Limnology and water quality in La Plata basin (South America) – Spatial patterns and major stressors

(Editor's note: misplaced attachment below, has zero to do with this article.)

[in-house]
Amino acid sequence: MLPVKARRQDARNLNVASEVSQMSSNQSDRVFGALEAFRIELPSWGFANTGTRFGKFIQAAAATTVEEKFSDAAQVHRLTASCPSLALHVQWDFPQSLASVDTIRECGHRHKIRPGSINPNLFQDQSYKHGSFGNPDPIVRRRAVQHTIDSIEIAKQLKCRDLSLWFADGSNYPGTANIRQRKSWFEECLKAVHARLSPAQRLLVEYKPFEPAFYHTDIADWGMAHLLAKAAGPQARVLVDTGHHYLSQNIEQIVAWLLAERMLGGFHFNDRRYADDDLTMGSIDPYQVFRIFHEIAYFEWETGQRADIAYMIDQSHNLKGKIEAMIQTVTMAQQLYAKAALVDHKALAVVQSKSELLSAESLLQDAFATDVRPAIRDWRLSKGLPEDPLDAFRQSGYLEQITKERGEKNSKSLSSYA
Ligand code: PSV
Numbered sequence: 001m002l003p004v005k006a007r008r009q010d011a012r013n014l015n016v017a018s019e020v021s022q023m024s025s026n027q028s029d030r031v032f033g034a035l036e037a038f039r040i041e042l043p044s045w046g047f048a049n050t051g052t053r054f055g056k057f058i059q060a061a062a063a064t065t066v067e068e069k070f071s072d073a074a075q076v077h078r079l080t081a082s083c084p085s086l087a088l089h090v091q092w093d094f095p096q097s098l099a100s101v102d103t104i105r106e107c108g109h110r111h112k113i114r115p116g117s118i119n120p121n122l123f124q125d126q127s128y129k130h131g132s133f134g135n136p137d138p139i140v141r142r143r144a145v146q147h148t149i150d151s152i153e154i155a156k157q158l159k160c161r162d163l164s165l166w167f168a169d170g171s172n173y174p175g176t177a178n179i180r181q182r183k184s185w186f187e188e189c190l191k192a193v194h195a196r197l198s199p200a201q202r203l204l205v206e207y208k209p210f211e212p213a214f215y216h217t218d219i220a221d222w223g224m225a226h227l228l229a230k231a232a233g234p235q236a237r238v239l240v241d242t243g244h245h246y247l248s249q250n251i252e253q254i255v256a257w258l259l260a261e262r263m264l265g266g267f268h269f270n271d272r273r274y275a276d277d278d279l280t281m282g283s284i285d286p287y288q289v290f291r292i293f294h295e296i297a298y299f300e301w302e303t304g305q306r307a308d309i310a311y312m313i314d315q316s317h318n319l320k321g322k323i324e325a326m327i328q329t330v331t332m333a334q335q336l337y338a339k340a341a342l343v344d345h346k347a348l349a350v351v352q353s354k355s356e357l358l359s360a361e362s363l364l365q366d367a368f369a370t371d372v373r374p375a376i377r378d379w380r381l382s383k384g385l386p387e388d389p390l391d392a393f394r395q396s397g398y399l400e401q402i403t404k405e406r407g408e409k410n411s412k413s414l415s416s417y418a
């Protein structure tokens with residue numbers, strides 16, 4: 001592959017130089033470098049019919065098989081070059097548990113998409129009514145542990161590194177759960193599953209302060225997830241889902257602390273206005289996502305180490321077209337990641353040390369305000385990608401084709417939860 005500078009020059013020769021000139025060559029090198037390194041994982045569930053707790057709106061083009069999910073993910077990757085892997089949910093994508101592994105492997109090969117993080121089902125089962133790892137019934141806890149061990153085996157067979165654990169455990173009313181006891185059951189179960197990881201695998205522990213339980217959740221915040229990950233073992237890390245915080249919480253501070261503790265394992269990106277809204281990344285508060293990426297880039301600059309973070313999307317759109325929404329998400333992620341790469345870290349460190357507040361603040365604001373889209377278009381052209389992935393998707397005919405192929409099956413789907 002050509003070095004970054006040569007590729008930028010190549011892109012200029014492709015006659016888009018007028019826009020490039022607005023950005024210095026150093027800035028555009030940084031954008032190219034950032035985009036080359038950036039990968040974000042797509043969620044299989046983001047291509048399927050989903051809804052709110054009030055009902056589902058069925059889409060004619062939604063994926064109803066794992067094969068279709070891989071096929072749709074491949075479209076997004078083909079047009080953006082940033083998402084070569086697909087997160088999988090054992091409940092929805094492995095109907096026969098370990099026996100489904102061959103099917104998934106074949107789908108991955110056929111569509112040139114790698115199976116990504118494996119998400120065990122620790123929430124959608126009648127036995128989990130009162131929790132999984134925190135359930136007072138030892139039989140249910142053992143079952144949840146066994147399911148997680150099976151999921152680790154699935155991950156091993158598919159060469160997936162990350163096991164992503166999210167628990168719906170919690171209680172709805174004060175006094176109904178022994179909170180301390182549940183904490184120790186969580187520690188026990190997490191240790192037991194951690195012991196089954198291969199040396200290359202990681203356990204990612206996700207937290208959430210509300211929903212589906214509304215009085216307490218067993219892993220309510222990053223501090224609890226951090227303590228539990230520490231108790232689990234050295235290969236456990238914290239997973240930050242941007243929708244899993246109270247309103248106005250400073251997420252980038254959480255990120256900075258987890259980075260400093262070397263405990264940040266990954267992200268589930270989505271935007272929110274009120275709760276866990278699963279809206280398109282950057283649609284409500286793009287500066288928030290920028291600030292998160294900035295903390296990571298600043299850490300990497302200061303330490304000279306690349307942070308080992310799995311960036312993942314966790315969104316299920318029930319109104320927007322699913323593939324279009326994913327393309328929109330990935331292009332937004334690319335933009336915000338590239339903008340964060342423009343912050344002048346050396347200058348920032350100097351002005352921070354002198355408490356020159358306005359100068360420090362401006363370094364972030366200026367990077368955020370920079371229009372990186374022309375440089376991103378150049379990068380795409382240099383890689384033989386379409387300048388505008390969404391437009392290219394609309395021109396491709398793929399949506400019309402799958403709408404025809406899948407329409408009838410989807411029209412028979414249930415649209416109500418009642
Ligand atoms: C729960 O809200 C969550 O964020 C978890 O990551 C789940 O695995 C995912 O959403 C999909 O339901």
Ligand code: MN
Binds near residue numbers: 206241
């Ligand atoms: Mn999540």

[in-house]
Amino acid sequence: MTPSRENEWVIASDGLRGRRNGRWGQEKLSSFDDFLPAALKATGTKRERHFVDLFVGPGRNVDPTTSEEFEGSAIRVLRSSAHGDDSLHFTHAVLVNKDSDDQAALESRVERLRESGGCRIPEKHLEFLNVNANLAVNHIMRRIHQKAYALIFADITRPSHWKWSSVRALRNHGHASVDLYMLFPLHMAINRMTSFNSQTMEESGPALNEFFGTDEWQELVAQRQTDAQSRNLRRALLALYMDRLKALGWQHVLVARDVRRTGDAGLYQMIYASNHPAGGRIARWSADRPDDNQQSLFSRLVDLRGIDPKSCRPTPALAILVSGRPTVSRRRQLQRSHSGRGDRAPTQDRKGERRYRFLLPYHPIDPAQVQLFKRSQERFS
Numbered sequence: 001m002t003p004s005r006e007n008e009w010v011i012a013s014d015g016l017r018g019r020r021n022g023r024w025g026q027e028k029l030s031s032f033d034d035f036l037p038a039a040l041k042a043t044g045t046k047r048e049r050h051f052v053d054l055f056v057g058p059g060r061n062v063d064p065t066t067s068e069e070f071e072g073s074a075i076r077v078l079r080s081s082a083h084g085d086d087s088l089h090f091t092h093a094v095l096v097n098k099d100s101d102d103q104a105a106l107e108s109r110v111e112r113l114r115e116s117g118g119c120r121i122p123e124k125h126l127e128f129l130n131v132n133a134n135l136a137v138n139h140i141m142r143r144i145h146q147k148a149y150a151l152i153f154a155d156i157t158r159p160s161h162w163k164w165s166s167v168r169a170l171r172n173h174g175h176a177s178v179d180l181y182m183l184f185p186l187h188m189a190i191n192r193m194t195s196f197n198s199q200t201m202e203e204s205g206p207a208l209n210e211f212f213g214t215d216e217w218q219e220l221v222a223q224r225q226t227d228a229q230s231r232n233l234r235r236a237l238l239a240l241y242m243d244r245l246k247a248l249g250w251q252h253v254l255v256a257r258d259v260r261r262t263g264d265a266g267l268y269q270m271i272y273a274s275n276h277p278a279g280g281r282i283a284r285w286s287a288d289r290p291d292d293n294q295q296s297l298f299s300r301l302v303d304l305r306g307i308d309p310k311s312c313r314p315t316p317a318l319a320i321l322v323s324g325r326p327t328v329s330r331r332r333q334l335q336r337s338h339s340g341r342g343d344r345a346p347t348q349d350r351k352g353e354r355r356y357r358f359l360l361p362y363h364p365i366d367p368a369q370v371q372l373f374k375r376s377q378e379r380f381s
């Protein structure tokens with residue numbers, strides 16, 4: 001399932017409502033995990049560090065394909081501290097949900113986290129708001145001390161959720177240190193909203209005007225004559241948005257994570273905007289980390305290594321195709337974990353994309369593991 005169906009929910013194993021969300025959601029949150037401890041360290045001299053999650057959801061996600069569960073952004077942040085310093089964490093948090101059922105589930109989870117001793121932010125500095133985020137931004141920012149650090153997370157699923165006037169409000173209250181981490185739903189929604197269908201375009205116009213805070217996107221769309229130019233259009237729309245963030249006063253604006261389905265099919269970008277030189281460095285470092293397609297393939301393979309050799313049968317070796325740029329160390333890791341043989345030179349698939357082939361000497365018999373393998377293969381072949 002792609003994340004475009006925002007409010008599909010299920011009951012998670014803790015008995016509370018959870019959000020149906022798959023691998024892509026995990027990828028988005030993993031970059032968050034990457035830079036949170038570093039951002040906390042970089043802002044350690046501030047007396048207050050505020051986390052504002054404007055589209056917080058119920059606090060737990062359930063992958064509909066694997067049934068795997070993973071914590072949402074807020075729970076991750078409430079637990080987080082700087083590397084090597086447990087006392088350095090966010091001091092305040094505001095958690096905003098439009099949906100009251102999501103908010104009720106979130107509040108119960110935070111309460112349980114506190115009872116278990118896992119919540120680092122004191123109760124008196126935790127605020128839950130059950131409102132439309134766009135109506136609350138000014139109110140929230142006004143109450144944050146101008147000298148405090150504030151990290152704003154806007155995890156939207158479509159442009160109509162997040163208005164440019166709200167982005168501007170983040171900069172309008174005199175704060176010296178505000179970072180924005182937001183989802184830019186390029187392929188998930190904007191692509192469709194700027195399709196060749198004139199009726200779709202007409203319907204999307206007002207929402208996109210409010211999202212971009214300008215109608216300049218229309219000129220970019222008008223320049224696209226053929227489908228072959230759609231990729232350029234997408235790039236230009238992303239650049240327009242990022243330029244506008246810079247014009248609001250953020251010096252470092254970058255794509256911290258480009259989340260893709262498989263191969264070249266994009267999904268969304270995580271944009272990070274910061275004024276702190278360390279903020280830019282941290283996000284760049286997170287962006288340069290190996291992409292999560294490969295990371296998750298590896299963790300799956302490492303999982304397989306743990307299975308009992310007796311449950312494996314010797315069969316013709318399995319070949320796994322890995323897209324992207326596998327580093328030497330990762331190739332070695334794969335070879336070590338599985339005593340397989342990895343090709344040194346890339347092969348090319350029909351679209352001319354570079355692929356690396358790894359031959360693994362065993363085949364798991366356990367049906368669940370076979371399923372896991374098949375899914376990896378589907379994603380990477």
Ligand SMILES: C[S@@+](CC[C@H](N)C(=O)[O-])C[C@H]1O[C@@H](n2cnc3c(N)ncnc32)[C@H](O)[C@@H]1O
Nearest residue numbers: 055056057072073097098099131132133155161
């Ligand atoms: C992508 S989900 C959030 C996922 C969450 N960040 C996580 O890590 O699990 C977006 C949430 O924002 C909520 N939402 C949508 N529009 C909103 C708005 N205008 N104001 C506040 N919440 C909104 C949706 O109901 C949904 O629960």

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The La Plata Basin (LPB) is a continental river-system, extending across five countries in South America. The study intended to discriminate limnological and water quality macroscale patterns and the determinants. Samplings were performed at 44 points, including free-flowing river stretches and reservoirs, distributed along 3000 km, from tropical (18°S) to subtropical/temperate (33°S) latitudes, in summer and winter. In situ measurements and sample analyses included the water column (13 variables) and sediments (granulometry, nutrients, 36 pesticides, 13 metals, and bioassays for acute and chronic toxicity). Both natural factors – climate gradient, geological substrate, soil, floodplains, and human interference – river damming, metropolitan areas, and intensive agriculture, strongly influenced the results. Seasonality effects were pronounced in south of the LPB, associated with higher temperature amplitude, and in north of the LPB, in terms of marked precipitation distribution. Data sets were ordinated through principal component analyses, and spatial patterns were clearly evidenced. River impoundments determined higher deepness and transparency, lower temperature amplitude, and thermal and chemical stratification. Reservoir sediments presented higher organic matter and metal concentrations, fine sand, and silt. Higher natural turbidity, suspended matter and coarse sand sediments characterized the shallower free-flowing stretches, especially in the undammed Paraguay River. Recovery of the riverine conditions (Paraná and Uruguay Rivers) occurs with distance from dams due to the river's long courses. The variables indicating trophic conditions (phosphorus and nitrogen) were not clearly ordinated, but positioning of the most eutrophic LPB reservoir, under the influence of the São Paulo metropolis, was distinctive due to remarkably high chlorophyll a concentrations. Nutrients and conductivity were influenced by northern summer rains and tended to increase downstream, towards south latitudes. These variables were also locally influenced by urban agglomerations and by vast areas managed for commercial farming. Contamination with pesticides is widespread in LPB, but with higher incidence in the upper Paraná and middle Uruguay sub-basins. The same trend occurred for toxicity. A better understanding of macroscale processes brings a new perspective to transcend from local to a transboundary water management in the LPB.
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